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Assigning a match to a varible without an IF

On Programmer » Perl

5,063 words with 4 Comments; publish: Wed, 30 Apr 2008 11:20:00 GMT; (200124.02, « »)

I realized that, out of all of the PERL code Ive written, Ive only been

able to assign to a variable from a pattern match within an IF statement:

if ( /^From:(.*)$/ )

{

$From = $1;

}

Simple enough. But now I wanted to go deeper and capture only the

email address.

Problem is:

$from_ = $From =~ /.perl.todaysummary.com./;

returns 1.

I didnt want the return status. In this example I wanted .perl.todaysummary.com.

And I didnt want to use another IF statement

if ( $From =~ /(.perl.todaysummary.com.)/ )

{

$from_ = $1;

}

Ive searched perl.com and Google but Im not quite sure what to

search for. I tried googling "PERL assign* match*" (w/o the quotes)

So is there a non-IF statement way of doing this?

Thanks

Birl

Please do not CC me responses to my own posts.

I'll read the responses on the list.

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  • 4 Comments
    • From: "S.A. Birl" <sbirl+PERL.perl.todaysummary.com.concept.temple.edu>

      > I realized that, out of all of the PERL code Ive written, Ive only

      > been able to assign to a variable from a pattern match within an IF

      > statement:

      > if ( /^From:(.*)$/ )

      > {

      > $From = $1;

      > }

      > Simple enough. But now I wanted to go deeper and capture only the

      > email address.

      > Problem is:

      > $from_ = $From =~ /.perl.todaysummary.com./;

      > returns 1.

      > I didnt want the return status. In this example I wanted .perl.todaysummary.com.

      > And I didnt want to use another IF statement

      > if ( $From =~ /(.perl.todaysummary.com.)/ )

      > {

      > $from_ = $1;

      > }

      ($from_) = $From =~ /(.perl.todaysummary.com.)/;

      Both pairs of brackets are needed.

      Jenda

      ===== Jenda.perl.todaysummary.com.Krynicky.cz === http://Jenda.Krynicky.cz =====

      When it comes to wine, women and song, wizards are allowed

      to get drunk and croon as much as they like.

      -- Terry Pratchett in Sourcery

      #1; Wed, 30 Apr 2008 11:21:00 GMT
    • S.A. Birl [SAB], on Tuesday, December 14, 2004 at 09:58 (-0500 (EST))

      contributed this to our collective wisdom:

      SAB> Problem is:

      SAB> $from_ = $From =~ /.perl.todaysummary.com./;

      SAB> returns 1.

      you should use this:

      ($from_ = $From) =~ /.perl.todaysummary.com./;

      but your regexp isn't right.

      maybe this will work:

      ($from_ = $From) =~ /\S.perl.todaysummary.com.\S/;

      you should look on google for "right" email regexp, there are some on

      the web...

      ..m8s, cu l8r, Brano.

      ["That's how bold the stuff is, you little priss-ant!" -- Crow]

      #2; Wed, 30 Apr 2008 11:22:00 GMT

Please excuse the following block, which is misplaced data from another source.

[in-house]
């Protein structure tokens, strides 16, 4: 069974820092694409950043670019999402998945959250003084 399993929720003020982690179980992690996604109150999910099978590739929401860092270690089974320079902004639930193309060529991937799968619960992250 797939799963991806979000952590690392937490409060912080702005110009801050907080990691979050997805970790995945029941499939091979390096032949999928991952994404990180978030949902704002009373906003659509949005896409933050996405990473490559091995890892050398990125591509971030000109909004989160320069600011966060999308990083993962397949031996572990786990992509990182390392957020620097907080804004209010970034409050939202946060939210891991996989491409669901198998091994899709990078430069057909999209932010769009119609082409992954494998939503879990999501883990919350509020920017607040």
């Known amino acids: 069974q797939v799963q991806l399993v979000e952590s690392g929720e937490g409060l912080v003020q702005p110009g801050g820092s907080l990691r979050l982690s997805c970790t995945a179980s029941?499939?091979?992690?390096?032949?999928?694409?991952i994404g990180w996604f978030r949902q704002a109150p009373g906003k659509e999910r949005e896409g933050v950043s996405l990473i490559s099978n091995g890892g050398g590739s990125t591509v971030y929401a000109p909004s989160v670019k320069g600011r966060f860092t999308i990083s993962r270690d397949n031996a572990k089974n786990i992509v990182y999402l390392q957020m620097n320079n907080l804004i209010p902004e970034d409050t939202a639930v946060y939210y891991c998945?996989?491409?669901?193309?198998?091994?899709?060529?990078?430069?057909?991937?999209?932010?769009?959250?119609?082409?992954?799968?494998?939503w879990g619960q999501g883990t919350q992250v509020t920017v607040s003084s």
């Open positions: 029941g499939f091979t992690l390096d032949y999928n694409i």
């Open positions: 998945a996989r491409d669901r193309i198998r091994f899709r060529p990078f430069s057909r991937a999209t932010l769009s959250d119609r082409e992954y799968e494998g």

• > I realized that, out of all of the PERL code Ive written, Ive only been

      > able to assign to a variable from a pattern match within an IF statement:

      > if ( /^From:(.*)$/ )

      > {

      > $From = $1;

      > }

      > Simple enough. But now I wanted to go deeper and capture only the

      > email address.

      > Problem is:

      > $from_ = $From =~ /.perl.todaysummary.com./;

      > returns 1.

      if((my $from_= $From) =~ /.perl.todaysummary.com./) {

      print "$from_ (which is now a copy of $From) has an at in it\n";

      }

      if (my ($from_) = $From =~ /^(.*.perl.todaysummary.com..*)$/ ) {

      print "$from_ looks passes a nave test for email address";

      }

      > I didnt want the return status. In this example I wanted .perl.todaysummary.com.

      > And I didnt want to use another IF statement

      > if ( $From =~ /(.perl.todaysummary.com.)/ )

      > {

      > $from_ = $1;

      > }

      >

      There is no way to get around the IF statement (or it's moral

      equivalent) because there are two separate things happening - the

      assignment of the match , and the test to see if such assignment

      occured.

      You could do something like:

      my ($from_) = $From =~ /^From:\s+(.*)$/;

      # here $from_ is either your match or undef

      Which just allows you to defer the test for undef until later.

      print "I saw an email address $from_\n" if defined($from_);

      I just wrote about this a mere two ws ago in this very forum.

      http://www.nntp.perl.org/group/perl.beginners/70671

      -- -- -- -- -- -- -- -- -- -- -- -- -- -- -- -- -- -- -- -- -- --

      Lawrence Statton - lawrenabae.perl.todaysummary.com.abaluon.abaom s/aba/c/g

      Computer software consists of only two components: ones and

      zeros, in roughly equal proportions. All that is required is to

      sort them into the correct order.

      #3; Wed, 30 Apr 2008 11:23:00 GMT
    • On Dec 14, Jenda Krynicky (nospam-Jenda.perl.todaysummary.com.Krynicky.cz.ns) typed:

      Jenda: > I didnt want the return status. In this example I wanted .perl.todaysummary.com.

      Jenda: > And I didnt want to use another IF statement

      Jenda: > if ( $From =~ /(.perl.todaysummary.com.)/ )

      Jenda: > {

      Jenda: > $from_ = $1;

      Jenda: > }

      Jenda:

      Jenda: ($from_) = $From =~ /(.perl.todaysummary.com.)/;

      Jenda:

      Jenda: Both pairs of brackets are needed.

      Jenda:

      Jenda: Jenda

      Excellent! That's what I was looking for.

      I saw examples of those, but the left-hand side had more than one

      variable. So I kept thinking the () were optional.

      Now I know ...

      #4; Wed, 30 Apr 2008 11:25:00 GMT